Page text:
Find the pH of a solution prepared by dissolving 12.43g of tris plus 4.67g of tris hydrochloride in 1.00 L of water. pKa = 8.075

Tris = B : 121.136 g/L = 1.00M Tris hydrochloride = BH+ : 157.597 g/L = 1.00 M

12.43 g/L = x M 4.67 g/L = y M

x = 0.1026 M y = 0.0296 M

pH = pKa+ log [B] / [BH+] = 8.075 + log (0.1026 / 0.0296) = 8.61

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Effect of dilution of a buffer solution

Ex. 1) Calculate the pH of a buffer prepared by mixing 0.250 mol of acetic acid with

0.100 mol of sodium acetate and diluting to 1.00 L.

pKa = – log 1.75×10–5 = 4.75

2) Calculate the pH when 10.0 ml of this buffer is diluted to 250 mL with water.

HOAC H+ + OAC–

Ka = [OAC–][H+] / [HOAC] [H+] = Ka [HOAC] / [OAC–]

pH = pKa+ log [OAC–] / [HOAC] = 4.75 + log ( 0.100M)/(0.250M) = 4.36

HOAC 0.250 M×10.0 ml = x M×250 ml x = 0.0100 M

NaOAC 0.100 M ×10.0 ml = x M×250 ml x = 0.00400 M

pH = pKa+ log [OAC–] / [HOAC] = 4.75 + log ( 0.00400M)/(0.0100M) = 4.36

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Effect of addition of acids or bases to buffer.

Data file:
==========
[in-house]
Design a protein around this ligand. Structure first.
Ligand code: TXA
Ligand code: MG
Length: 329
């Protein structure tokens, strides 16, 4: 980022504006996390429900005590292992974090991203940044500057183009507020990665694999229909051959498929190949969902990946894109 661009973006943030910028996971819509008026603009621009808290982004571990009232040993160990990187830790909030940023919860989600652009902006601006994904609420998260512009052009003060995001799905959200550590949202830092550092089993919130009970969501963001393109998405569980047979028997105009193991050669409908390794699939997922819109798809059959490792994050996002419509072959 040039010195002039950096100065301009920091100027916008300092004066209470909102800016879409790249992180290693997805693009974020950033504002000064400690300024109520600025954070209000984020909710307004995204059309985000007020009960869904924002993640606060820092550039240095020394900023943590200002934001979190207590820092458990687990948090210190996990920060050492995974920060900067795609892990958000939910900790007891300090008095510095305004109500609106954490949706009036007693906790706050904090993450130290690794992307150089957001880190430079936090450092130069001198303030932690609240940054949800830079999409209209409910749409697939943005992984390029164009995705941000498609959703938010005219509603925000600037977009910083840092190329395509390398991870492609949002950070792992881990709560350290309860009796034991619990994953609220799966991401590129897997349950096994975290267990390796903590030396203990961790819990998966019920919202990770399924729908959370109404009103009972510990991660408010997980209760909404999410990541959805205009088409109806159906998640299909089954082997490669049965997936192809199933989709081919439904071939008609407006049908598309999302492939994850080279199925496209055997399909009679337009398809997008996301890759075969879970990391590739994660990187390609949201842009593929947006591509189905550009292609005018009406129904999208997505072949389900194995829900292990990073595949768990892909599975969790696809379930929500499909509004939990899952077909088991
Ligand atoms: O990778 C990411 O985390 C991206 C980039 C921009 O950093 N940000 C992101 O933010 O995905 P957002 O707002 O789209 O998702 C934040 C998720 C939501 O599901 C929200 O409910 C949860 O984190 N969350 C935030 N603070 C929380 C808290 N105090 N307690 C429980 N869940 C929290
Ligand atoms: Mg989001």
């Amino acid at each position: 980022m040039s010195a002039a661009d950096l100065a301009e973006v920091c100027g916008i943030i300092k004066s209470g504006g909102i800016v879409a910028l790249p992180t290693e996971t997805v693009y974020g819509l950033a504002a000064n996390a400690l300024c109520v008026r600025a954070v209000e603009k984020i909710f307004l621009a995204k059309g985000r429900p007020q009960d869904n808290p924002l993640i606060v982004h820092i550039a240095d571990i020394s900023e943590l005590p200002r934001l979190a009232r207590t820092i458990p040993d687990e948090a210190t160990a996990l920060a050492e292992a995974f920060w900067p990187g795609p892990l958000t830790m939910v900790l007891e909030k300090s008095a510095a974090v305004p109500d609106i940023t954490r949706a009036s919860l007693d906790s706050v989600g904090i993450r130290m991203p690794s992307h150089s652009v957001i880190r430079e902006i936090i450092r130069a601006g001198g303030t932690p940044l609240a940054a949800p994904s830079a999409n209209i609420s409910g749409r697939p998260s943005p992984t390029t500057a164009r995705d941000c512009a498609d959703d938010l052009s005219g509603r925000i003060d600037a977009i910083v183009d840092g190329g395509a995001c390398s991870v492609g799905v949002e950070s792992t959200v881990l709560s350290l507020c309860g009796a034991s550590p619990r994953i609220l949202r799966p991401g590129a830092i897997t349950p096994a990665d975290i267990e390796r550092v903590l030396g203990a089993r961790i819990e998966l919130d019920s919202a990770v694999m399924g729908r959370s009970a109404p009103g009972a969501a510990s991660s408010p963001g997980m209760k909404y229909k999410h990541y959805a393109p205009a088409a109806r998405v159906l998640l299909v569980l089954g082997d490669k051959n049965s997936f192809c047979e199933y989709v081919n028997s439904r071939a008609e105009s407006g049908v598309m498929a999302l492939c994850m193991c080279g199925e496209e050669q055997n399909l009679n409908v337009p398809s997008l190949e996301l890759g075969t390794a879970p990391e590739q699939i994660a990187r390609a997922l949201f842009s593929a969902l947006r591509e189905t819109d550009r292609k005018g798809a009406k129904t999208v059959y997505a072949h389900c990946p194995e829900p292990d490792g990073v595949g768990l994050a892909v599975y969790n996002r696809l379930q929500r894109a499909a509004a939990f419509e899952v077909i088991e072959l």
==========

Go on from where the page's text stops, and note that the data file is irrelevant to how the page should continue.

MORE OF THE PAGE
Buffer HA A-+ H+

NaOH + HA A-

HCl + A- HA

pH of 100 ml of buffer consisting of 0.20M HA and 0.10M NaA

pH = pKa+ log [NaA] / [HA] = pKa+ log (0.10/0.20) = pKa+ 0.30

If 0.01 mole of strong base is added

HA =0.10M.

A- =0.2M

pH = pKa+ log [NaA] / [HA] = pKa+ log (0.20/0.10) = pKa– 0.30

pH = 0.60

Not very large

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Effect of addition of acids or bases to buffer.

Ex. 1) Calculate the pH of a buffer prepared by mixing 0.250 mol of acetic acid with

0.100 mol of sodium acetate and diluting to 1.00 L.

pKa = – log 1.75×10–5 = 4.75

2) Calculate the pH when 10.0 ml of 0.1M NaOH is added.